Part 2: Safety cardinal rules for line managers

Mike Goddu's picture
Mike Goddu, Partner & Co-Founder, JMJ Associates
Comments: 0

Note: This is Mike’s response to a number of comments posted to Part 1: “Safety cardinal rules for line managers, not just workers.” Read Part 1.

The words ‘rules and compliance’ appear in a number of reader comments.  A few argue that adding rules for managers will just result in a more compliance-driven culture and not necessarily a safer one. I agree.

More rules and compliance will not turn a site with a good safety record into a great one. I recognized this when I wrote the article, but I purposely chose a provocative title.

Ideally (and perhaps more rigorously), instead of “rules” I could have challenged readers to consider ways of being as cardinal or primary. This more nuanced wording is more accurate, but it isn’t as punchy. My intent is to challenge managers to stop imposing rigid structures of behavior on their workers without adopting for themselves high standards of ethics, learning and culture change and being accountable for these standards.

So I agree: rules are not the answer, even rules for managers!  I appreciate those comments that challenge the thinking (and me by extension!). Other readers make valuable observations:

  • maybe limit “Cardinal Rules” to complying with legislation or paying rapt attention to Fatal Risks?
  • perhaps people should be “free to think”?

In my travels I hear divergent views on rules. It seems most line and HSE managers I speak with believe that a foundation of rules and an accompanying structure of discipline for a breach or non-compliance must be in place first. Then we can build a more thoughtful, caring culture.

I also hear people arguing that short-service contractors and employees need to understand the basic requirements and know the immediate consequences of non-compliance. There isn’t time to develop people or contractor companies’ culture with these services.

Are rules a “must-have” and a thoughtful adaptive culture a “nice-to-have”? A few thoughts of my own:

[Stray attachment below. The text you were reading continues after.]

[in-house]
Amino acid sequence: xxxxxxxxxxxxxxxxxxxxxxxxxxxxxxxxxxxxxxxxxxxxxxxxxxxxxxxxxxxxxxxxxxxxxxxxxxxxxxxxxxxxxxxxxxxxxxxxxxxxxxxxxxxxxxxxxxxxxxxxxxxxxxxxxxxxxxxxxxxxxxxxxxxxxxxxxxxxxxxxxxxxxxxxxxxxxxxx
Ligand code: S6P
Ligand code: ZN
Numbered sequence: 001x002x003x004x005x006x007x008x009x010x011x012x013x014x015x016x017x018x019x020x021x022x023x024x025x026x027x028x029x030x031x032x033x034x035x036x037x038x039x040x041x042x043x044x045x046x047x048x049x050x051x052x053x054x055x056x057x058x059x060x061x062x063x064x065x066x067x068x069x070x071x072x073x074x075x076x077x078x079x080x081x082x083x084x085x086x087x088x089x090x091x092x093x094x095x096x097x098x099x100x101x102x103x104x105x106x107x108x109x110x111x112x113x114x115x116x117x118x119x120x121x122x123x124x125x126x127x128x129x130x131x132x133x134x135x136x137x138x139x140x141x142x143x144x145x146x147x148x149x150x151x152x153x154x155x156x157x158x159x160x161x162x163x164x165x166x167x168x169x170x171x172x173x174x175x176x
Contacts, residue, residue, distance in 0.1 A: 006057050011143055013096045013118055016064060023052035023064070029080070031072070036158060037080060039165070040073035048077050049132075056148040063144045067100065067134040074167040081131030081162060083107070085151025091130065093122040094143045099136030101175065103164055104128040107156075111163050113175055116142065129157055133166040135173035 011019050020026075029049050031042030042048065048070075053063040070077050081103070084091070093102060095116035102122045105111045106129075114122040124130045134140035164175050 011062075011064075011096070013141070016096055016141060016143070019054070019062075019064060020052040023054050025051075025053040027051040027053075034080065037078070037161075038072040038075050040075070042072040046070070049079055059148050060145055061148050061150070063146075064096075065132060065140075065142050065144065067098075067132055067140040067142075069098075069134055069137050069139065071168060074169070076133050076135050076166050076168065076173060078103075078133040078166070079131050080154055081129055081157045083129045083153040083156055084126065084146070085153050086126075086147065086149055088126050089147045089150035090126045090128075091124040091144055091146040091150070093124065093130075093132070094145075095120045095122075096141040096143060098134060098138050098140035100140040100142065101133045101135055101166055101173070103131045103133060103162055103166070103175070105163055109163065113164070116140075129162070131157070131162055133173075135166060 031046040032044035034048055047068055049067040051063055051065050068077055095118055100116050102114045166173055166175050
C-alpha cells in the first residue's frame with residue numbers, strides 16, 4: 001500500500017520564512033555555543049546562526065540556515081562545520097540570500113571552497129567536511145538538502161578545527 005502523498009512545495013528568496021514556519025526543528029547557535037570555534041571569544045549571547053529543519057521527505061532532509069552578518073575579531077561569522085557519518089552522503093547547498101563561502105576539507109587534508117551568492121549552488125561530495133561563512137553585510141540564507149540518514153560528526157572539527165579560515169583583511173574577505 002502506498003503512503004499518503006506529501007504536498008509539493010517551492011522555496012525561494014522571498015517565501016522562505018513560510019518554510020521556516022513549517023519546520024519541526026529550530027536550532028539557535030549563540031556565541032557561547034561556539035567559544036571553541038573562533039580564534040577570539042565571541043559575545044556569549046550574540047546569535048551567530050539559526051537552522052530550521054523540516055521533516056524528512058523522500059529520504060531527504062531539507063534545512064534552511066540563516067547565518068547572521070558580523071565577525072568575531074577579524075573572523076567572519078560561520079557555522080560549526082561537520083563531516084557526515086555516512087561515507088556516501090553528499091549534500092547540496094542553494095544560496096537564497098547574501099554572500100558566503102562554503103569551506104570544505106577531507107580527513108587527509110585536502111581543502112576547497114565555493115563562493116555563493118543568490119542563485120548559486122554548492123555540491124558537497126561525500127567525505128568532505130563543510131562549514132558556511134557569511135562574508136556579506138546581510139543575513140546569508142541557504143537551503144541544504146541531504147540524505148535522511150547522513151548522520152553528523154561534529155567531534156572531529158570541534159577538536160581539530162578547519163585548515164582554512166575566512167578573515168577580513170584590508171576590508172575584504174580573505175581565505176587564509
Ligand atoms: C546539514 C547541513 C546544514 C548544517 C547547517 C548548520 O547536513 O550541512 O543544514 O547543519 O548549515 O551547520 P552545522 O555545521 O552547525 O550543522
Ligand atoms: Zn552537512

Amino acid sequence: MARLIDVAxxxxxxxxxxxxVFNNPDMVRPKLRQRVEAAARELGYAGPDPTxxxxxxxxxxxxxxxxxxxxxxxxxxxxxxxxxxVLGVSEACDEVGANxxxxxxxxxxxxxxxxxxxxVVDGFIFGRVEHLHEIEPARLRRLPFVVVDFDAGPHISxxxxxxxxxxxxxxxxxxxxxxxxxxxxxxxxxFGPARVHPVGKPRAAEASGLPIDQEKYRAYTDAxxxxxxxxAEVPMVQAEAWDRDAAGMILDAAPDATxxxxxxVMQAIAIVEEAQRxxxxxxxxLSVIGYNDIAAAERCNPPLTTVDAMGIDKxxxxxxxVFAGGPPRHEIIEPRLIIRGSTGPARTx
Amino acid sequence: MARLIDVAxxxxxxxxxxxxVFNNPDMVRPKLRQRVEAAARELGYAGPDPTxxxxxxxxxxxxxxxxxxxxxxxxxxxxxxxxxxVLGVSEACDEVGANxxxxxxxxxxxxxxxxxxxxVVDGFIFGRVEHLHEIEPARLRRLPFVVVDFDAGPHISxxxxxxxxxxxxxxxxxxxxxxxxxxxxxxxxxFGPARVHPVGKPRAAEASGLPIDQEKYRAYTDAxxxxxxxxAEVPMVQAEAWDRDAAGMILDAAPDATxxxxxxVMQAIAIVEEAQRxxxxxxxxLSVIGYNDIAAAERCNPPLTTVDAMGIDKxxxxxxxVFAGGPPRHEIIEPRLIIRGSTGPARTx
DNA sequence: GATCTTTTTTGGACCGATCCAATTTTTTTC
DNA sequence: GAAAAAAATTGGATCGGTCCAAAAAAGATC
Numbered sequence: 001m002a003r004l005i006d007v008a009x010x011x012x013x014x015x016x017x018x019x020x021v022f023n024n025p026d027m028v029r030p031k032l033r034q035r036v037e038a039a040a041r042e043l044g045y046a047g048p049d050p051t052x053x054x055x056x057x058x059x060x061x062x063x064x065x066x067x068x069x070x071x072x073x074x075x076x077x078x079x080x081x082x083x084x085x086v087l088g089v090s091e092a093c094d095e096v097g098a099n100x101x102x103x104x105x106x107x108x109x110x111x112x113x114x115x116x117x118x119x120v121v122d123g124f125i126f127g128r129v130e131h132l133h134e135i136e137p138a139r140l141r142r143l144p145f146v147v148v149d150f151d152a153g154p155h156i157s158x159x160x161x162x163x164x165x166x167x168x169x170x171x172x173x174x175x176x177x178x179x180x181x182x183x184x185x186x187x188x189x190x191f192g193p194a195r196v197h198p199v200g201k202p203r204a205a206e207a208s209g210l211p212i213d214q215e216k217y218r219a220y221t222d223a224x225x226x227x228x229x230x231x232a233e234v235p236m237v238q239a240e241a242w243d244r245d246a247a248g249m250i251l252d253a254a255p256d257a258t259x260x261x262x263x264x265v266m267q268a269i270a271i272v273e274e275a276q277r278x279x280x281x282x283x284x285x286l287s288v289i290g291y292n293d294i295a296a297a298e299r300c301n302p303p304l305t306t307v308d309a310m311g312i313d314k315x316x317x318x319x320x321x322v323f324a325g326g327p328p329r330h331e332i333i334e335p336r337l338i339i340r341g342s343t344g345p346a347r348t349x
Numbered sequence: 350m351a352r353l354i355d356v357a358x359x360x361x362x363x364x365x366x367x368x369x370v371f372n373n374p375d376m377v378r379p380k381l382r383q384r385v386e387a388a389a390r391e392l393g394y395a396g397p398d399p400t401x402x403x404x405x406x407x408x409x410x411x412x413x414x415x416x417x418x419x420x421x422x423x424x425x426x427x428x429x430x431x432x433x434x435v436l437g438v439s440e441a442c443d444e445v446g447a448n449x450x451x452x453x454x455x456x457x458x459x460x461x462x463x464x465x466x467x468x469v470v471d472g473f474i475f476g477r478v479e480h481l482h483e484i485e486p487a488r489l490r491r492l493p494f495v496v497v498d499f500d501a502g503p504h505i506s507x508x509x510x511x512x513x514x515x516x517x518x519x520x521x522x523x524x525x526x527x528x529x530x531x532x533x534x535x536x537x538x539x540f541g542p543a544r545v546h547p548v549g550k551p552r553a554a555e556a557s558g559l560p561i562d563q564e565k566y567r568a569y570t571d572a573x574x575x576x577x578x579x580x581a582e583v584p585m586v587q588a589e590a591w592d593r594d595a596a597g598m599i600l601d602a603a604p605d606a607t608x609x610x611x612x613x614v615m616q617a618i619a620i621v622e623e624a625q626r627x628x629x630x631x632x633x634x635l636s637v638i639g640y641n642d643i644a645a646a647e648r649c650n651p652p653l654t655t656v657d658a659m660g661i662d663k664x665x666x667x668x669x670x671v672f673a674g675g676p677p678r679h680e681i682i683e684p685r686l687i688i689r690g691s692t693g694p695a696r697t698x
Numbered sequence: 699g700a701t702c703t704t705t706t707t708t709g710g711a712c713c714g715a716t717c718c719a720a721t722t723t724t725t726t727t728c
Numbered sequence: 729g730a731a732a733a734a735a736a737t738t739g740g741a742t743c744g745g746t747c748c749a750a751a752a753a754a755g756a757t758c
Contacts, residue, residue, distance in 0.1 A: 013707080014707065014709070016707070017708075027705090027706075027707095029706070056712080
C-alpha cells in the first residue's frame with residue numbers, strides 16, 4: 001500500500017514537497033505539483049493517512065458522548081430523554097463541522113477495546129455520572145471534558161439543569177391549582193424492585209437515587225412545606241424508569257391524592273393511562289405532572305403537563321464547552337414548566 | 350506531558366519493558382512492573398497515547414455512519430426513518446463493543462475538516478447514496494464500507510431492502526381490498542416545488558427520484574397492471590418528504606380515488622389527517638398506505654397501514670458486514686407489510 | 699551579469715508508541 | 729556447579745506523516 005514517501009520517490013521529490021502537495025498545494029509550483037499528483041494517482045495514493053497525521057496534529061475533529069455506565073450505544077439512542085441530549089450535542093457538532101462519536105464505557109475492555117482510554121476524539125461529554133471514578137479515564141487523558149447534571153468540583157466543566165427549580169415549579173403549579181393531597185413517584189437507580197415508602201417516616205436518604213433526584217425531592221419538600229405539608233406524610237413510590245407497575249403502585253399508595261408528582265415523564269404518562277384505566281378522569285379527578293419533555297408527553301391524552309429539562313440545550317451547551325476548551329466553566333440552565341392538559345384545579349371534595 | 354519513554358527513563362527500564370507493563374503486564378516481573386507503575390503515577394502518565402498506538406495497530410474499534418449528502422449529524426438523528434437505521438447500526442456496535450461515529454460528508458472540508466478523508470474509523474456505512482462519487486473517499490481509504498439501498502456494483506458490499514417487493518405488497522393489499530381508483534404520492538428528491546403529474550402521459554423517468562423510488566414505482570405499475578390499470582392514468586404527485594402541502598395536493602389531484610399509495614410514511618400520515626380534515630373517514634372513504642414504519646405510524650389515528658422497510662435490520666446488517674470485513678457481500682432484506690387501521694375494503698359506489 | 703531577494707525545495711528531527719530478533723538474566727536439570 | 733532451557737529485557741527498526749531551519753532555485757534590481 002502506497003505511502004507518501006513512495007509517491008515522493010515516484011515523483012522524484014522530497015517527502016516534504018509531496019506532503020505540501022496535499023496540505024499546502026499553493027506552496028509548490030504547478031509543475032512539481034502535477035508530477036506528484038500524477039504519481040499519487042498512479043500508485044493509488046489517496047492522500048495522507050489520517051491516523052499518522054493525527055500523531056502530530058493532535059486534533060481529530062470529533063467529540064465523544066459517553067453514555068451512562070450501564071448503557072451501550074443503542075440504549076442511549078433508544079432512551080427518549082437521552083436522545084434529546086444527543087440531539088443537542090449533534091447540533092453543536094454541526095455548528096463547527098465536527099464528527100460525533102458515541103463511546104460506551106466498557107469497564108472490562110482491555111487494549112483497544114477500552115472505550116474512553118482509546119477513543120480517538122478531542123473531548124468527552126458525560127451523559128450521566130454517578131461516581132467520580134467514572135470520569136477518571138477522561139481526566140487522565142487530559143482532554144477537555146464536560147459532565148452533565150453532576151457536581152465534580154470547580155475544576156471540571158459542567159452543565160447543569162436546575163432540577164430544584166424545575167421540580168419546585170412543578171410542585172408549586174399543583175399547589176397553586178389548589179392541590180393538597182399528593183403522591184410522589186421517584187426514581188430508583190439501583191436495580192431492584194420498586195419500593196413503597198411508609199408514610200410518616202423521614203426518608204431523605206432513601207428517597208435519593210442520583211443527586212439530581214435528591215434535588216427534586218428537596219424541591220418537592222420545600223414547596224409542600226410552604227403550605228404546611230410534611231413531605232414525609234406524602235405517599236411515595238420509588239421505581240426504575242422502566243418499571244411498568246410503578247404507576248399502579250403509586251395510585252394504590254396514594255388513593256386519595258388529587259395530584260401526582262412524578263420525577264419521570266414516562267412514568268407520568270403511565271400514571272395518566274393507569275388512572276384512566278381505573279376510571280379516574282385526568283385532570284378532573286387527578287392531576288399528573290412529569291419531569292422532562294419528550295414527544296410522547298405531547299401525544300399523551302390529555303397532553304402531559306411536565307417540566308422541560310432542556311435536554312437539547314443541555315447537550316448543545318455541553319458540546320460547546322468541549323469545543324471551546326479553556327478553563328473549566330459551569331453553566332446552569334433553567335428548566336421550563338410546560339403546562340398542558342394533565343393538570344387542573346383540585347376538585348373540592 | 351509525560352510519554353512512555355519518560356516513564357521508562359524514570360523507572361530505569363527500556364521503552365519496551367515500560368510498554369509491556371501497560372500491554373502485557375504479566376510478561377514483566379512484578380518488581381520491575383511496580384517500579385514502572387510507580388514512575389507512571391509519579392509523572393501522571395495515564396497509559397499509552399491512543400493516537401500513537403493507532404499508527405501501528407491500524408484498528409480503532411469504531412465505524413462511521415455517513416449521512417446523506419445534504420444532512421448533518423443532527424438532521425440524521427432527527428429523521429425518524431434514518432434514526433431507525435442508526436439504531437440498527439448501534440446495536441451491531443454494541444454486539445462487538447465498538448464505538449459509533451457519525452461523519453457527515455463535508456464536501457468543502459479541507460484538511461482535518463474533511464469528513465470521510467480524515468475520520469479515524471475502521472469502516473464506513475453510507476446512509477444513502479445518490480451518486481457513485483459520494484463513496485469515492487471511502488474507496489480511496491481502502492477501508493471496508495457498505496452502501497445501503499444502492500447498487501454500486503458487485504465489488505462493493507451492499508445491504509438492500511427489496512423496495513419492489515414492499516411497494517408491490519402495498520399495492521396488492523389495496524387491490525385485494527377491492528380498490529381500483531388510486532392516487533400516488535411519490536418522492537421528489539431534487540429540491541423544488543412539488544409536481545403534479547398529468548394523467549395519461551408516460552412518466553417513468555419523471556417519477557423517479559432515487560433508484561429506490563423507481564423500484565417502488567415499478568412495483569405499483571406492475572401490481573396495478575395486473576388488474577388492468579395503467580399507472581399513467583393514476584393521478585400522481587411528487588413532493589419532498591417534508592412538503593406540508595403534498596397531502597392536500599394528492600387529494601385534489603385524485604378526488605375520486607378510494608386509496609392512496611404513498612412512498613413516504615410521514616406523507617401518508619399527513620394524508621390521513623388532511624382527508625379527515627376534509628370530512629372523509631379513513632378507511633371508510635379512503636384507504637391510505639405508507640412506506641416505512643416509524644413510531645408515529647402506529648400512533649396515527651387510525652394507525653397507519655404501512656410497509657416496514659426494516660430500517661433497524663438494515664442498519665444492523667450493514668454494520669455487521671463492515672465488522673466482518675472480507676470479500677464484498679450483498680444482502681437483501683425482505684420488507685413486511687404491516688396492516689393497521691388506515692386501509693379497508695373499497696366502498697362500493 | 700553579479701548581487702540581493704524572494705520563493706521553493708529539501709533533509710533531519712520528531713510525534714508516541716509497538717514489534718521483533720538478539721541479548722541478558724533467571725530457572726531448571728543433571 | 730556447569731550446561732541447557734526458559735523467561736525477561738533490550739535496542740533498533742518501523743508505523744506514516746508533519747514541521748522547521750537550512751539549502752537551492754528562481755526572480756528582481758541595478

• Accountability does not equal punishment. The word accountability to me means: “I will answer for my behaviour, results and factors in and out of my control. I will stand up and answer clearly and responsibly, without guilt or blame for my actions and results.”
  • Far too many sites are using the term “Just Culture” as a way to sanction punishment.  Sure, they adjust the penalty to the “crime” in a rational way, but it is punishment nonetheless.  Often, the responses I see are largely retributive, not restorative. Punishment should be reserved for criminals, not workers trying to get a job done and a family fed.  I don’t see workers committing crimes.  Thus my words in the article: “Stand up for rectifying the harm and restoring what has been lost, not retribution. Stand up for learning not blame… You will be surprised at the vastly different outcomes and solutions that arise from shifting your focus to learning from the harsh glare of blame”.

Getting away from punishing errors to learning from them may seem weak to some, but I assure you it will take a lot of courage!

I have seen and heard of managers forgoing punishment for other outcomes that prompt a learning and culture change on their sites. I’d welcome hearing of some examples from readers. And I welcome counter-arguments.

Finally, I want to thank you for commenting. Clearly you care deeply about safety, learning and engaging, not preaching. This is the future of improved safety – your authentic leadership.

Join the Conversation: Are rules a “must-have” and a thoughtful adaptive culture a “nice-to-have”? Leave your comments below.

Are you interested in speaking at Gastech 2017? Submit a HSSE, CSR & Local Content Abstract.  Alternatively, find out more about the conference topics for both commercial and technical streams.

More articles on HSE:

Photo: Courtesy of  JMJ Associates.